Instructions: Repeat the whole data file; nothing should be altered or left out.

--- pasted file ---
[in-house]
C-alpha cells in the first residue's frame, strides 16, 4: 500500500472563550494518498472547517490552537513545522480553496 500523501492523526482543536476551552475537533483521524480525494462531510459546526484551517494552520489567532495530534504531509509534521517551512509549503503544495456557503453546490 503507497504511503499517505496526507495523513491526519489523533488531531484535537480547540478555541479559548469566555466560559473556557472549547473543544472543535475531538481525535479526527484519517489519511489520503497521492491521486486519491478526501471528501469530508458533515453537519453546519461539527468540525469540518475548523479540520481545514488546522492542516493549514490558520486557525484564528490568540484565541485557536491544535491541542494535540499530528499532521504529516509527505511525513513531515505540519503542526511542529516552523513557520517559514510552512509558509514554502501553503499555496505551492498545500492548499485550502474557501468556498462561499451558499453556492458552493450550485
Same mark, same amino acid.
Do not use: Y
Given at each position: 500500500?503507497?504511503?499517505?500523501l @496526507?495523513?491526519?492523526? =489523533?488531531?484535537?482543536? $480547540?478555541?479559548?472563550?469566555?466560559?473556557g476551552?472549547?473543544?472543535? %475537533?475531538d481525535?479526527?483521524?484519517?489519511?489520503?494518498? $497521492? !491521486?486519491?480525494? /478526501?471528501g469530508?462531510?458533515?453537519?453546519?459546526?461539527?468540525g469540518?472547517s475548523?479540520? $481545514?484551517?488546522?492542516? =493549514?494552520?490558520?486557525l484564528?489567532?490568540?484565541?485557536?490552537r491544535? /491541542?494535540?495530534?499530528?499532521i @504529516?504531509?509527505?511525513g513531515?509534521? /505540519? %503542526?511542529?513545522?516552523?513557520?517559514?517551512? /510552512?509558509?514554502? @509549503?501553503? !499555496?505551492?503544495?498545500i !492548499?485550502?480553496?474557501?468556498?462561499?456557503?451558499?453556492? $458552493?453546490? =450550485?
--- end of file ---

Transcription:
[in-house]
C-alpha cells in the first residue's frame, strides 16, 4: 500500500472563550494518498472547517490552537513545522480553496 500523501492523526482543536476551552475537533483521524480525494462531510459546526484551517494552520489567532495530534504531509509534521517551512509549503503544495456557503453546490 503507497504511503499517505496526507495523513491526519489523533488531531484535537480547540478555541479559548469566555466560559473556557472549547473543544472543535475531538481525535479526527484519517489519511489520503497521492491521486486519491478526501471528501469530508458533515453537519453546519461539527468540525469540518475548523479540520481545514488546522492542516493549514490558520486557525484564528490568540484565541485557536491544535491541542494535540499530528499532521504529516509527505511525513513531515505540519503542526511542529516552523513557520517559514510552512509558509514554502501553503499555496505551492498545500492548499485550502474557501468556498462561499451558499453556492458552493450550485
Same mark, same amino acid.
Do not use: Y
Given at each position: 500500500?503507497?504511503?499517505?500523501l @496526507?495523513?491526519?492523526? =489523533?488531531?484535537?482543536? $480547540?478555541?479559548?472563550?469566555?466560559?473556557g476551552?472549547?473543544?472543535? %475537533?475531538d481525535?479526527?483521524?484519517?489519511?489520503?494518498? $497521492? !491521486?486519491?480525494? /478526501?471528501g469530508?462531510?458533515?453537519?453546519?459546526?461539527?468540525g469540518?472547517s475548523?479540520? $481545514?484551517?488546522?492542516? =493549514?494552520?490558520?486557525l484564528?489567532?490568540?484565541?485557536?490552537r491544535? /491541542?494535540?495530534?499530528?499532521i @504529516?504531509?509527505?511525513g513531515?509534521? /505540519? %503542526?511542529?513545522?516552523?513557520?517559514?517551512? /510552512?509558509?514554502? @509549503?501553503? !499555496?505551492?503544495?498545500i !492548499?485550502?480553496?474557501?468556498?462561499?456557503?451558499?453556492? $458552493?453546490? =450550485?